Has anyone come up with policies that are both effective and realistic?
In the US and UK inequality has risen so much that policies which could be implemented would only produce improvements at the margins. Famously, the late Tony Atkinson wrote a book—Inequality: What Can Be Done?—and he tried to price the cost of these policies. He’s the only one I know who tried to do this in a careful way. It showed improvements are possible but only up to a point. The more radical measures become, the costlier they are and the less likely they will be implemented because of the politics.
How much worse can now inequality get, then, if there isn’t the political will or the financial resources to address it?
Inequality can’t go up indefinitely. There has to be some kind of limit—we just don’t know where it is. If you operate in a globalized economy where there are so many ways of obtaining resources from other countries, or parking your assets in other countries, then there is the potential for extreme inequality, especially at the very top of the distribution, like we haven’t seen before.
Your book suggests this extreme inequality could lead to a class of “superhumans.”
This hasn’t quite happened yet, but if you talk to geneticists we’re on that trajectory. It’s already well known that some of the boldest or ethically questionable experiments have been undertaken in East Asia, and there’s a great potential for that continuing. A couple of decades down the line and it might be possible for parents to create designer babies. If that were ever to happen, you could end up with an upper class that is genuinely different from everybody else. It doesn’t just have to be genetics; many people are working on implants that will enhance your capabilities.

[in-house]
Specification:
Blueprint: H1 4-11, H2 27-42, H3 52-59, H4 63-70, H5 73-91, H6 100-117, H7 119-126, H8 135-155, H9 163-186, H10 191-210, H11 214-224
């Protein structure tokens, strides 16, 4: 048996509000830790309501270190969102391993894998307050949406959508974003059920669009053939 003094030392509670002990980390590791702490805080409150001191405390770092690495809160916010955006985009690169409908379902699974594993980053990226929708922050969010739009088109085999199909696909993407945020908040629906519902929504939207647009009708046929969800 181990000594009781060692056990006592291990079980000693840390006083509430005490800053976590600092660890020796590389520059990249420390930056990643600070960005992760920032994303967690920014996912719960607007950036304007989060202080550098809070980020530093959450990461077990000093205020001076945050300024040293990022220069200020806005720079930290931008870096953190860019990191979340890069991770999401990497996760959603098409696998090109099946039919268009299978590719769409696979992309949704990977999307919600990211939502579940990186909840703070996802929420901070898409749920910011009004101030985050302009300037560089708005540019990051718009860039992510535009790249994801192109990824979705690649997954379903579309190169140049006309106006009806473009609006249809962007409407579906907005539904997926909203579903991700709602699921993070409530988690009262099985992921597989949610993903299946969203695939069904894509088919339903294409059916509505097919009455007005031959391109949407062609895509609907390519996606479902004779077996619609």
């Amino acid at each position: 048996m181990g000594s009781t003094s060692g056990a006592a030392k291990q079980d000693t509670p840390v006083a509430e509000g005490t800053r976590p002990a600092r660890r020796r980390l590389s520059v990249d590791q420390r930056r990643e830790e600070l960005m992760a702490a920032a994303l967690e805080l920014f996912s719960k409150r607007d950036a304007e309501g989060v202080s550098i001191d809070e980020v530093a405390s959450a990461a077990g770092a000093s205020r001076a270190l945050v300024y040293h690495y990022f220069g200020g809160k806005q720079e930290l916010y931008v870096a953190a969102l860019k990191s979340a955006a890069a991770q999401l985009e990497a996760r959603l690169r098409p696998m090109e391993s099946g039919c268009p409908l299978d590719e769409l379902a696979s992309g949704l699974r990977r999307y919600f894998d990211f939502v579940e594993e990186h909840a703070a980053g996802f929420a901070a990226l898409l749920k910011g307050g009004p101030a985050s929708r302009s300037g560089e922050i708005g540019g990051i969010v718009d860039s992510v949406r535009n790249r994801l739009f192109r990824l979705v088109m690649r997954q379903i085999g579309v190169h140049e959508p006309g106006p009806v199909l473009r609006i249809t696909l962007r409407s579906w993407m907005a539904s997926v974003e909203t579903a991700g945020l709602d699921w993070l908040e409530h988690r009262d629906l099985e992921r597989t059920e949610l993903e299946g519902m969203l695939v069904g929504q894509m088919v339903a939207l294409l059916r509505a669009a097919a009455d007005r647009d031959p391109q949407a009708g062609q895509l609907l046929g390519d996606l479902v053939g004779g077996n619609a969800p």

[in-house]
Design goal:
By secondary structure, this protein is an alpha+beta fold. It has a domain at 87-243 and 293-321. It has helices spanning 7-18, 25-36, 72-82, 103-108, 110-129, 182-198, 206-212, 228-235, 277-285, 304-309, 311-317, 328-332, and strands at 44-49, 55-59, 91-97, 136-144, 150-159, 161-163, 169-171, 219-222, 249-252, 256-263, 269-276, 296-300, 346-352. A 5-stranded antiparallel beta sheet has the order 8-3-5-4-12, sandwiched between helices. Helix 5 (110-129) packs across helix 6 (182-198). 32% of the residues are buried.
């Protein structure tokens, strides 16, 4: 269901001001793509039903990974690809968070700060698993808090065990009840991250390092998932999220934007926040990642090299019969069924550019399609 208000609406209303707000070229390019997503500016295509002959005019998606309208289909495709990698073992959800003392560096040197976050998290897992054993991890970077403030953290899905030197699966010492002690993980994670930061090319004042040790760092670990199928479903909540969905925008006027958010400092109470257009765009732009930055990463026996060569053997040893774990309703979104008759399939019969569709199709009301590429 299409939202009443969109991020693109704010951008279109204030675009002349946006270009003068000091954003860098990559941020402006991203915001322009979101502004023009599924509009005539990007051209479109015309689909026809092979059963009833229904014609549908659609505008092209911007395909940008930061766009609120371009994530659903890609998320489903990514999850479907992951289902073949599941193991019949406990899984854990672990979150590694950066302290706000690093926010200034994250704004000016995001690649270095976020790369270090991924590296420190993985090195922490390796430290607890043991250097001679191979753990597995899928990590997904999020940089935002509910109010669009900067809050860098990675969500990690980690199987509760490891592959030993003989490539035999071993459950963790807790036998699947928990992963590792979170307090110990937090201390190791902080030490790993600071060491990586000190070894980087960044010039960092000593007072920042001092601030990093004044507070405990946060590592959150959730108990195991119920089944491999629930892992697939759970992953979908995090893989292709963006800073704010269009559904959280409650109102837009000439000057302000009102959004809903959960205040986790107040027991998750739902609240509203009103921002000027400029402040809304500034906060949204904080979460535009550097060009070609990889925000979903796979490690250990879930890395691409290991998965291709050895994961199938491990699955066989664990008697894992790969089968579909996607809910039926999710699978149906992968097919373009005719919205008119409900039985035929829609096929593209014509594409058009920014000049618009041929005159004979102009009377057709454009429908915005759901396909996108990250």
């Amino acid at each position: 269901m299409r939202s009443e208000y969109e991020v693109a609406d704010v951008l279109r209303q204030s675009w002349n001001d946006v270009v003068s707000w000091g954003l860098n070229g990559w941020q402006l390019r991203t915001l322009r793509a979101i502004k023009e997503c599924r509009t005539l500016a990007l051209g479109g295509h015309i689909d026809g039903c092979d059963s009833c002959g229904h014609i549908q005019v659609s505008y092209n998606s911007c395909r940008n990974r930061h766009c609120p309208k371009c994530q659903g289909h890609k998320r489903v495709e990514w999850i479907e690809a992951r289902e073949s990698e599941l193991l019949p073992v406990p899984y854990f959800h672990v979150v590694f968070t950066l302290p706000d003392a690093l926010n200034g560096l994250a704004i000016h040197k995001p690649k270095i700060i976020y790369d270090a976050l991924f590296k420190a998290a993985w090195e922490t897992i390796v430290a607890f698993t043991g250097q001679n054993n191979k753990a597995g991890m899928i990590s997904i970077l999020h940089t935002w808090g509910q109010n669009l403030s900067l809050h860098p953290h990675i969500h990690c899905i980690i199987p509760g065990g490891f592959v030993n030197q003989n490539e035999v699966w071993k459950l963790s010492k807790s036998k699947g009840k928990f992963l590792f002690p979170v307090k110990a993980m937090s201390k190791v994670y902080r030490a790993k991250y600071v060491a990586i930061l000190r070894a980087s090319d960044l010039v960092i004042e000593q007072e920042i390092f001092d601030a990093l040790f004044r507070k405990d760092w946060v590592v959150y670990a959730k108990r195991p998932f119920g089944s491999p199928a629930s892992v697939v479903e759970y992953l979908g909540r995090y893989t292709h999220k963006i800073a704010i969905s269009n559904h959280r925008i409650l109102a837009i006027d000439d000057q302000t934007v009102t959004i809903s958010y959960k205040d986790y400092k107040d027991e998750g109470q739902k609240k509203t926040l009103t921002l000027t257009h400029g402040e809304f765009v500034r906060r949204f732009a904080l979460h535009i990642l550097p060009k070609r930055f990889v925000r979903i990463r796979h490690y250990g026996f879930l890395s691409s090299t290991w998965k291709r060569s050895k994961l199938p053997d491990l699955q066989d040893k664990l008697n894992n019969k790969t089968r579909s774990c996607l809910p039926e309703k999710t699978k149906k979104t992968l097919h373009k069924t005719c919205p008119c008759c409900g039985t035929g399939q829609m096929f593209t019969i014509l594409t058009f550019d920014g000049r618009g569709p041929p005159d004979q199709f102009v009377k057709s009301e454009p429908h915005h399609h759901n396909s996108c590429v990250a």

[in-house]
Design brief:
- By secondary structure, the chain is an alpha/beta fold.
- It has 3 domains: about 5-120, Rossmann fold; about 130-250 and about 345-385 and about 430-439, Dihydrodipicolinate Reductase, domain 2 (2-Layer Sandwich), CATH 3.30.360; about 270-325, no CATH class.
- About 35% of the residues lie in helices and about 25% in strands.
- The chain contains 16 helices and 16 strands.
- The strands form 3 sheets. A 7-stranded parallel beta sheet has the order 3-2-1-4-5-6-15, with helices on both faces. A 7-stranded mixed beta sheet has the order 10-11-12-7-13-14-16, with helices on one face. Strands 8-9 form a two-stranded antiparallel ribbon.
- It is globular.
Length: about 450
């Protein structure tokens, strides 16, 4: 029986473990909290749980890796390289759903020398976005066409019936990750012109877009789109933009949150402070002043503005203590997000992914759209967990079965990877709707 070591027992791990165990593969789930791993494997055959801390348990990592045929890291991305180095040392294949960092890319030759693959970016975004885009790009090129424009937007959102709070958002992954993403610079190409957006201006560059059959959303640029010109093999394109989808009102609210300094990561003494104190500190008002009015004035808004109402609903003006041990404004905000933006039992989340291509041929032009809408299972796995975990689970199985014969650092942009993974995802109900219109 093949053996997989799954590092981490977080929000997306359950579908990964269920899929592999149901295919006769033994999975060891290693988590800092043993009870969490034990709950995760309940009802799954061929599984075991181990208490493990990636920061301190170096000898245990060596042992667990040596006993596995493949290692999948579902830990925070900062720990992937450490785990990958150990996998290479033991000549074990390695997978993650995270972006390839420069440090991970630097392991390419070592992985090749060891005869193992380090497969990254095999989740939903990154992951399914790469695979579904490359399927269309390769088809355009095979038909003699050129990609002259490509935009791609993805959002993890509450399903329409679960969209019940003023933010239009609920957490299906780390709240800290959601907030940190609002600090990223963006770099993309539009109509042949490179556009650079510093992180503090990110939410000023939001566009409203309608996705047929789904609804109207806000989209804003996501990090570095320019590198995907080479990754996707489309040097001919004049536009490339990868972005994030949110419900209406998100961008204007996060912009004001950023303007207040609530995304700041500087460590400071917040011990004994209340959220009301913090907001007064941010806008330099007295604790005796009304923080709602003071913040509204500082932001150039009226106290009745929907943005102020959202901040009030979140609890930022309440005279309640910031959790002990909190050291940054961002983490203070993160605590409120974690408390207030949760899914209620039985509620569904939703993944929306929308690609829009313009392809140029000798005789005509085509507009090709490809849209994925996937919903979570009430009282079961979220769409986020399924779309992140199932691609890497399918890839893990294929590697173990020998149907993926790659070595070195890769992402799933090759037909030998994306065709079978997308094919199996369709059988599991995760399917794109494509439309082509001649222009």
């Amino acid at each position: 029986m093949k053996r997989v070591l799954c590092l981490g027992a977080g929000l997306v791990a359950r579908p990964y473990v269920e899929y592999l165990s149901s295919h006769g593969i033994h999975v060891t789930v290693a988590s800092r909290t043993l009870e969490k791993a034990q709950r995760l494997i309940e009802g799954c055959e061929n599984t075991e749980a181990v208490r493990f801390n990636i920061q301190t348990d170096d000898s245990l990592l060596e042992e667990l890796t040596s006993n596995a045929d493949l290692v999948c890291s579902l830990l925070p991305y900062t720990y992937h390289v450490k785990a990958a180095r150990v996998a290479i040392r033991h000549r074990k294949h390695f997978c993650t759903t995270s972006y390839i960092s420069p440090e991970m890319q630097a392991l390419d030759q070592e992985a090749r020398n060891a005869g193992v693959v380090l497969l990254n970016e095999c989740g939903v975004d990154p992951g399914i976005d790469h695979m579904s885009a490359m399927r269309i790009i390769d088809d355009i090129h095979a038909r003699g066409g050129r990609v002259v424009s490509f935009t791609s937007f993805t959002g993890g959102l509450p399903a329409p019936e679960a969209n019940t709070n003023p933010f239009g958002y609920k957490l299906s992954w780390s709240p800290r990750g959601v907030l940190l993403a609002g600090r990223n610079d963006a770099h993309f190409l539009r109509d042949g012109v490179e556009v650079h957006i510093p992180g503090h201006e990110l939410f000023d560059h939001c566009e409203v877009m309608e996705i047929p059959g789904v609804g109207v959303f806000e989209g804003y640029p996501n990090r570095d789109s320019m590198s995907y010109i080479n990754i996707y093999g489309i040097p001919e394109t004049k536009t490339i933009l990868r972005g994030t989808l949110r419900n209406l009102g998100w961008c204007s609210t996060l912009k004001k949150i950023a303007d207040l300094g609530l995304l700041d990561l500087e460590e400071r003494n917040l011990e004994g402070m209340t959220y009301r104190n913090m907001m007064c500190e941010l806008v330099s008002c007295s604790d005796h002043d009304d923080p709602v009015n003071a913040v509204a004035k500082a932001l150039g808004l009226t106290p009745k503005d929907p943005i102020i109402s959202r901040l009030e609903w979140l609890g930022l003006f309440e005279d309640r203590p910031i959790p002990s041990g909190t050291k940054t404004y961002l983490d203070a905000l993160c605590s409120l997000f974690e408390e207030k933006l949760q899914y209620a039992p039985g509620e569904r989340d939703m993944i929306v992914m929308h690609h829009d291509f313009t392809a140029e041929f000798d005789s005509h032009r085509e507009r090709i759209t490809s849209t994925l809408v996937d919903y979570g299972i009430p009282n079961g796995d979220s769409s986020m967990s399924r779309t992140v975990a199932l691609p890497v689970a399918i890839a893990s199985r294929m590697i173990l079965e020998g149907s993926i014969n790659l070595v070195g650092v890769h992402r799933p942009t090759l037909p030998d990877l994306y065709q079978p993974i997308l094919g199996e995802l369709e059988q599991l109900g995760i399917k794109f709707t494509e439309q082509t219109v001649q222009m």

I live in Silicon Valley, where all these people talk about living to be 1,000 years old. It’s probably not going to happen any time soon, but it shows that the will exists.
That’s a troubling future. I’m not surprised, given the subject of your book, but it seems like this interview won’t end on a hopeful note.
There is certainly room for hope, but what is unlikely to happen is a really substantial equalization, the way it happened earlier in the 20th century.